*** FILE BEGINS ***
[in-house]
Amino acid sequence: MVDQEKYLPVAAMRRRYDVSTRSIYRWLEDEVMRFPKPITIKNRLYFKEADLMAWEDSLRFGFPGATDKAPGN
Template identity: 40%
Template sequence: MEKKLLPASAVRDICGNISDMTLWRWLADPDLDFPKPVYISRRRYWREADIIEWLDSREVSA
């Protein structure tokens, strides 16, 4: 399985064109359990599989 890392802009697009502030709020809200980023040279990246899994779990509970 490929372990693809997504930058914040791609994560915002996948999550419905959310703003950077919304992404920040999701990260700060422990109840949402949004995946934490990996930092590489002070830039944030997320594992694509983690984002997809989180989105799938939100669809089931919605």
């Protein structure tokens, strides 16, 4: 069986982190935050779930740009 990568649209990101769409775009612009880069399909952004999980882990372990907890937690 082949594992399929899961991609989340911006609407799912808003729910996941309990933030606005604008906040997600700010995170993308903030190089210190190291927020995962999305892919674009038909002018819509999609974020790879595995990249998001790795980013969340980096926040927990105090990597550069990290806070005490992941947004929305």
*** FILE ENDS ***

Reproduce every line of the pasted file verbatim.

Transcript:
[in-house]
Amino acid sequence: MVDQEKYLPVAAMRRRYDVSTRSIYRWLEDEVMRFPKPITIKNRLYFKEADLMAWEDSLRFGFPGATDKAPGN
Template identity: 40%
Template sequence: MEKKLLPASAVRDICGNISDMTLWRWLADPDLDFPKPVYISRRRYWREADIIEWLDSREVSA
């Protein structure tokens, strides 16, 4: 399985064109359990599989 890392802009697009502030709020809200980023040279990246899994779990509970 490929372990693809997504930058914040791609994560915002996948999550419905959310703003950077919304992404920040999701990260700060422990109840949402949004995946934490990996930092590489002070830039944030997320594992694509983690984002997809989180989105799938939100669809089931919605």
């Protein structure tokens, strides 16, 4: 069986982190935050779930740009 990568649209990101769409775009612009880069399909952004999980882990372990907890937690 082949594992399929899961991609989340911006609407799912808003729910996941309990933030606005604008906040997600700010995170993308903030190089210190190291927020995962999305892919674009038909002018819509999609974020790879595995990249998001790795980013969340980096926040927990105090990597550069990290806070005490992941947004929305």